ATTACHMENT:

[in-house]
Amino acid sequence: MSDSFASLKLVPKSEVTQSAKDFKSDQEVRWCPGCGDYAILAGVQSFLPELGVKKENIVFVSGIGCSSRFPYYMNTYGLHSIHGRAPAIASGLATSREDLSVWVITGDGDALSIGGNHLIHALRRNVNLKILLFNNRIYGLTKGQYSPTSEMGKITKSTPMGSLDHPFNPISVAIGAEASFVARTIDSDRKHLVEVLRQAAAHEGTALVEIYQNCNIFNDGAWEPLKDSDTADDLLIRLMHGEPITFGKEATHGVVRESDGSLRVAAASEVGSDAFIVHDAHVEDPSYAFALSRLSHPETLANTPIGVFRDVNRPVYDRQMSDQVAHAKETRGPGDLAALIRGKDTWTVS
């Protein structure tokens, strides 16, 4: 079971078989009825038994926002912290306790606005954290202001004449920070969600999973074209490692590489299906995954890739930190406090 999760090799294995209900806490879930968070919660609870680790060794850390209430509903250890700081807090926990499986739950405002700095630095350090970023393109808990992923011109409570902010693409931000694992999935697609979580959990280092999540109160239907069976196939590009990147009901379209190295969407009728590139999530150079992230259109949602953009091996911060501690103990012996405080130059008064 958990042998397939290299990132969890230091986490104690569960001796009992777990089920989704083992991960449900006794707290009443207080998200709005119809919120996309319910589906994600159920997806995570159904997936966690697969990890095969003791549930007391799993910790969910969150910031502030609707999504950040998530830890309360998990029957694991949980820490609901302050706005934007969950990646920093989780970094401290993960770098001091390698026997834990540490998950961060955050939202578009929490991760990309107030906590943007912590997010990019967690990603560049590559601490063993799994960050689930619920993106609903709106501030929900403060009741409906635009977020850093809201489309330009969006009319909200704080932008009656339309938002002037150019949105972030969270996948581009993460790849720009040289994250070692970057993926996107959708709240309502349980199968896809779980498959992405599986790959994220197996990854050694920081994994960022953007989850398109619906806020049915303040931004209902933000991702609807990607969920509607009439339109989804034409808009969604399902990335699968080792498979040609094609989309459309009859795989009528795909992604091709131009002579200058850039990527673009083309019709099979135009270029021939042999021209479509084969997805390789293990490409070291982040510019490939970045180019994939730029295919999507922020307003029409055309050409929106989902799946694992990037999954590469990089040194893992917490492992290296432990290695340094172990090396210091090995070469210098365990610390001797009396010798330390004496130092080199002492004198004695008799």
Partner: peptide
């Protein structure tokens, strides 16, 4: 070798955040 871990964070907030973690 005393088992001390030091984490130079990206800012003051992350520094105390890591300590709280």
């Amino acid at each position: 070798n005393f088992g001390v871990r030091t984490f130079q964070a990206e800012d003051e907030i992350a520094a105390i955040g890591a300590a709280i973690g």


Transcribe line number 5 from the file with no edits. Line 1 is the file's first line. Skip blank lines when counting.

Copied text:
């Protein structure tokens, strides 16, 4: 070798955040 871990964070907030973690 005393088992001390030091984490130079990206800012003051992350520094105390890591300590709280």